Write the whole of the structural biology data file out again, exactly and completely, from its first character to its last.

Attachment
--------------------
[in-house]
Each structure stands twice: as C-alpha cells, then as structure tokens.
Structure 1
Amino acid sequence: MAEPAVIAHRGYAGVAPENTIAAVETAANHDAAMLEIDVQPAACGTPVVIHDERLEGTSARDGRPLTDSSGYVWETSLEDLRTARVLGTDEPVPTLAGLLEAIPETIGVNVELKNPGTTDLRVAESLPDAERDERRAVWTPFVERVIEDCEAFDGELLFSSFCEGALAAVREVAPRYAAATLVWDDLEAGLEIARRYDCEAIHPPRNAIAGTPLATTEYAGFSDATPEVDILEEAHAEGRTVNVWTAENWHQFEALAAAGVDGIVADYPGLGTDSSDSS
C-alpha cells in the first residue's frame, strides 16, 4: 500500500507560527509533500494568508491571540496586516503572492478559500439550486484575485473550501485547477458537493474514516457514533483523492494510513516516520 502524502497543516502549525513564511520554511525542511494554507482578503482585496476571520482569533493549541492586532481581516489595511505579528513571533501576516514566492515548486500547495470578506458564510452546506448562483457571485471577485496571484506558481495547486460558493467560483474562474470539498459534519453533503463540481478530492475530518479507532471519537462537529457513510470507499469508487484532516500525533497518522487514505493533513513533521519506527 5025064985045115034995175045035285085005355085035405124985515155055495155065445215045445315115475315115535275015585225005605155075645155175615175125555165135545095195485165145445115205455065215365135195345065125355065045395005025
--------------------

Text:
[in-house]
Each structure stands twice: as C-alpha cells, then as structure tokens.
Structure 1
Amino acid sequence: MAEPAVIAHRGYAGVAPENTIAAVETAANHDAAMLEIDVQPAACGTPVVIHDERLEGTSARDGRPLTDSSGYVWETSLEDLRTARVLGTDEPVPTLAGLLEAIPETIGVNVELKNPGTTDLRVAESLPDAERDERRAVWTPFVERVIEDCEAFDGELLFSSFCEGALAAVREVAPRYAAATLVWDDLEAGLEIARRYDCEAIHPPRNAIAGTPLATTEYAGFSDATPEVDILEEAHAEGRTVNVWTAENWHQFEALAAAGVDGIVADYPGLGTDSSDSS
C-alpha cells in the first residue's frame, strides 16, 4: 500500500507560527509533500494568508491571540496586516503572492478559500439550486484575485473550501485547477458537493474514516457514533483523492494510513516516520 502524502497543516502549525513564511520554511525542511494554507482578503482585496476571520482569533493549541492586532481581516489595511505579528513571533501576516514566492515548486500547495470578506458564510452546506448562483457571485471577485496571484506558481495547486460558493467560483474562474470539498459534519453533503463540481478530492475530518479507532471519537462537529457513510470507499469508487484532516500525533497518522487514505493533513513533521519506527 5025064985045115034995175045035285085005355085035405124985515155055495155065445215045445315115475315115535275015585225005605155075645155175615175125555165135545095195485165145445115205455065215365135195345065125355065045395005025